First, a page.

Oklahoma City chamber urging governor to veto gun bill
May. 07, 2015
OKLAHOMA CITY (AP) — A proposal that would prohibit private entities from banning firearms in parks, recreational areas or fairgrounds in Oklahoma could threaten dozens of events held in Oklahoma City, including horse shows, basketball tournaments and the Women's College World Series, the head of the Oklahoma City Chamber of Commerce said Wednesday.
Chamber President Roy Williams said he's urging the governor to veto the measure, which is headed to the governor's desk after passing the Senate Tuesday on a 39-7 vote.
"We could potentially lose Women's College World Series. We could lose all the Big 12 NCAA sporting events. We could potentially lose basketball tournaments, horse shows at the fairgrounds," Williams said. "And we don't know what we could potentially lose in the future."
Alex Weintz, a spokesman for Republican Gov. Mary Fallin, said the governor is aware of the concerns and is considering whether to sign it.
New language was added to the bill by Rep. Kevin Calvey after promoters of a Norman music festival tried to ban guns at an outdoor concert there last month. Calvey said he was never approached by anyone with concerns about the bill.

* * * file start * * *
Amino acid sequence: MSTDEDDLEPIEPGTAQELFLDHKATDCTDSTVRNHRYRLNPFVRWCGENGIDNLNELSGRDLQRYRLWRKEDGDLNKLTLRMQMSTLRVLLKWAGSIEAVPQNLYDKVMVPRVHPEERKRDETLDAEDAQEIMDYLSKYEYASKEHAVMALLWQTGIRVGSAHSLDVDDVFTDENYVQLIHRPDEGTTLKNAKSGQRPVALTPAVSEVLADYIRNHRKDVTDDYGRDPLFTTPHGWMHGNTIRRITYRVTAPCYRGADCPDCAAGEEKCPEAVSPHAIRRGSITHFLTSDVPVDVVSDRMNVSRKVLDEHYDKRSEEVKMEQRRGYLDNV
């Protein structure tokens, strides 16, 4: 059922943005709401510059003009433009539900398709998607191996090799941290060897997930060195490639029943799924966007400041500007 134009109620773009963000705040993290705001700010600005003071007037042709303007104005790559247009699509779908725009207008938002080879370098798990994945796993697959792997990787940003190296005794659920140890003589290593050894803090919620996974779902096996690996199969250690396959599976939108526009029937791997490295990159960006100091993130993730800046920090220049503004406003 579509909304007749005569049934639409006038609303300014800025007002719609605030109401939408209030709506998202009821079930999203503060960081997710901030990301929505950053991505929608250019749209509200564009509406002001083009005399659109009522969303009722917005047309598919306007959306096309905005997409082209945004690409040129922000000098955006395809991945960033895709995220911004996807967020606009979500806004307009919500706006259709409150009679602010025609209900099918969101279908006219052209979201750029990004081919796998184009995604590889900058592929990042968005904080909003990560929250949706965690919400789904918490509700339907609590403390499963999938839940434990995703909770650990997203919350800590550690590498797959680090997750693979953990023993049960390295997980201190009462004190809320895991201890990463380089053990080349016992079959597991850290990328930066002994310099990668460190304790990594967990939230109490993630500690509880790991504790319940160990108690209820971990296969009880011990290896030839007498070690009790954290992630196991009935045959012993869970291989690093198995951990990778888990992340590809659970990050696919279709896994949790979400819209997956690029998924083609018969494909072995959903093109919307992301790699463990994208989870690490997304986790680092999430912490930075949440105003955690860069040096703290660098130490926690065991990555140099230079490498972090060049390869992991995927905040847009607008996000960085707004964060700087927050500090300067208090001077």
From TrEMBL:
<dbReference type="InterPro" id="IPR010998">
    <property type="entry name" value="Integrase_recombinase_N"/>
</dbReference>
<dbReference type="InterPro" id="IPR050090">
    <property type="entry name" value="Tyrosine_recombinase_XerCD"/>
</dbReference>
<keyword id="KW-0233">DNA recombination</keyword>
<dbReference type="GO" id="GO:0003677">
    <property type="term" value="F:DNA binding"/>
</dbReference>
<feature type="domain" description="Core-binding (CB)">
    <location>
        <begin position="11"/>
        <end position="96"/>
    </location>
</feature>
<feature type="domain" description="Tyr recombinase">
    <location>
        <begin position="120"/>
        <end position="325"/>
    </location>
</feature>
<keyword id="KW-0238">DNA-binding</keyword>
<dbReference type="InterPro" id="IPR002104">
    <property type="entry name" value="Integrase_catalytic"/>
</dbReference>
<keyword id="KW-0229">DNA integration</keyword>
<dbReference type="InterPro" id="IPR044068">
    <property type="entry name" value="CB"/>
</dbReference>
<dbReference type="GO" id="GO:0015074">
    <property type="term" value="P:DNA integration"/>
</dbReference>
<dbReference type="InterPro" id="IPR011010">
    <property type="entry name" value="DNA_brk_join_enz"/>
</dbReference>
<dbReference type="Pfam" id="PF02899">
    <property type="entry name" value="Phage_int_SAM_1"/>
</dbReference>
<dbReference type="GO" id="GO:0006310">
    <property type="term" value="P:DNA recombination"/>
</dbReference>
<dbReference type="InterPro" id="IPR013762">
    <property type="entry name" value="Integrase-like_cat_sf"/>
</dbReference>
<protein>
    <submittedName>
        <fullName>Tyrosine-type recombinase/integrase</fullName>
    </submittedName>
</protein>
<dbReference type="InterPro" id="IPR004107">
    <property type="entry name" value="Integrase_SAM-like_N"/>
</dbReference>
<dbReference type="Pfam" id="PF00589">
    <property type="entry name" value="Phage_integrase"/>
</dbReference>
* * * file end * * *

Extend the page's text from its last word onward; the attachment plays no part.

"I would think those concerns are misplaced," said Calvey, a Republican from Oklahoma City. "It just says you can't use a parade permit or festival permit or something like that to get around the laws that currently allow concealed carry permit holders to carry in public places."
Bill Whitehill, an Oklahoma City attorney who specializes in business law, says the law is vaguely written, but would clearly prohibit event sponsors from banning firearms at parks, recreational areas or fairgrounds. He said that could include venues such as the softball fields where the annual Women's College World Series is held or the state fairgrounds, which hosts numerous horse shows and the state high school basketball tournament.
"I'd say the bill is vague, ambiguous and not well thought out, frankly," Whitehill said.
Tim Brassfield, executive director of the Oklahoma City All Sports Association, a nonprofit corporation responsible for bringing large sporting events to the state, said the association just signed a 20-year contract with the NCAA to host the Women's College World Series through 2035.
Brassfield said he's concerned the bill could threaten the contract, which prohibits weapons of any kind at the venue.
"It would threaten it in a great way, as well as for future events," Brassfield said.
Senate Bill 41: http://bit.ly/1PpIlbP